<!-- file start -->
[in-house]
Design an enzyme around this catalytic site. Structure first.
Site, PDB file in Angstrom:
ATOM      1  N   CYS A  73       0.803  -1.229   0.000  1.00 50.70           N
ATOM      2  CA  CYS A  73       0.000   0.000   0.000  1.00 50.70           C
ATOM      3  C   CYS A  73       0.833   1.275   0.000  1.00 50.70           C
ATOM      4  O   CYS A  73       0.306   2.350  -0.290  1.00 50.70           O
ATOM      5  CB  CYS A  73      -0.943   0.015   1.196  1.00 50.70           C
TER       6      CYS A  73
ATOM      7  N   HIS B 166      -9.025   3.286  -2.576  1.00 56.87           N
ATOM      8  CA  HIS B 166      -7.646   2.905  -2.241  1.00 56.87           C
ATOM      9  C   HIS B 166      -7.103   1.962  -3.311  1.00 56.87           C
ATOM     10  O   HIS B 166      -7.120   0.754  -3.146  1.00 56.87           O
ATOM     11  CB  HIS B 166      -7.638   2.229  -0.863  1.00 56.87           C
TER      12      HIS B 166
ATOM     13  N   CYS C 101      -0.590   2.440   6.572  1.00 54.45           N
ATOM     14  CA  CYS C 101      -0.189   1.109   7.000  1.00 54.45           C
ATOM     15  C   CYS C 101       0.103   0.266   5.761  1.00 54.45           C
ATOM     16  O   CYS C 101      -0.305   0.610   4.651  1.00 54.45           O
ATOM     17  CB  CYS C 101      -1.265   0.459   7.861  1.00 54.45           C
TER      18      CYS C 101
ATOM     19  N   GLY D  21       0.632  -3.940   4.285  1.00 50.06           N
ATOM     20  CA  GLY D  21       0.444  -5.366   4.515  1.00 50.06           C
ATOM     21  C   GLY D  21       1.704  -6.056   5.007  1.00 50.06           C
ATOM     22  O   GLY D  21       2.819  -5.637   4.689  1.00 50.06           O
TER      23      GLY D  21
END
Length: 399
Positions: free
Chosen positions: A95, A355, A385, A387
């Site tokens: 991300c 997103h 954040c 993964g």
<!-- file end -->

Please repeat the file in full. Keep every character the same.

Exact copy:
[in-house]
Design an enzyme around this catalytic site. Structure first.
Site, PDB file in Angstrom:
ATOM      1  N   CYS A  73       0.803  -1.229   0.000  1.00 50.70           N
ATOM      2  CA  CYS A  73       0.000   0.000   0.000  1.00 50.70           C
ATOM      3  C   CYS A  73       0.833   1.275   0.000  1.00 50.70           C
ATOM      4  O   CYS A  73       0.306   2.350  -0.290  1.00 50.70           O
ATOM      5  CB  CYS A  73      -0.943   0.015   1.196  1.00 50.70           C
TER       6      CYS A  73
ATOM      7  N   HIS B 166      -9.025   3.286  -2.576  1.00 56.87           N
ATOM      8  CA  HIS B 166      -7.646   2.905  -2.241  1.00 56.87           C
ATOM      9  C   HIS B 166      -7.103   1.962  -3.311  1.00 56.87           C
ATOM     10  O   HIS B 166      -7.120   0.754  -3.146  1.00 56.87           O
ATOM     11  CB  HIS B 166      -7.638   2.229  -0.863  1.00 56.87           C
TER      12      HIS B 166
ATOM     13  N   CYS C 101      -0.590   2.440   6.572  1.00 54.45           N
ATOM     14  CA  CYS C 101      -0.189   1.109   7.000  1.00 54.45           C
ATOM     15  C   CYS C 101       0.103   0.266   5.761  1.00 54.45           C
ATOM     16  O   CYS C 101      -0.305   0.610   4.651  1.00 54.45           O
ATOM     17  CB  CYS C 101      -1.265   0.459   7.861  1.00 54.45           C
TER      18      CYS C 101
ATOM     19  N   GLY D  21       0.632  -3.940   4.285  1.00 50.06           N
ATOM     20  CA  GLY D  21       0.444  -5.366   4.515  1.00 50.06           C
ATOM     21  C   GLY D  21       1.704  -6.056   5.007  1.00 50.06           C
ATOM     22  O   GLY D  21       2.819  -5.637   4.689  1.00 50.06           O
TER      23      GLY D  21
END
Length: 399
Positions: free
Chosen positions: A95, A355, A385, A387
């Site tokens: 991300c 997103h 954040c 993964g």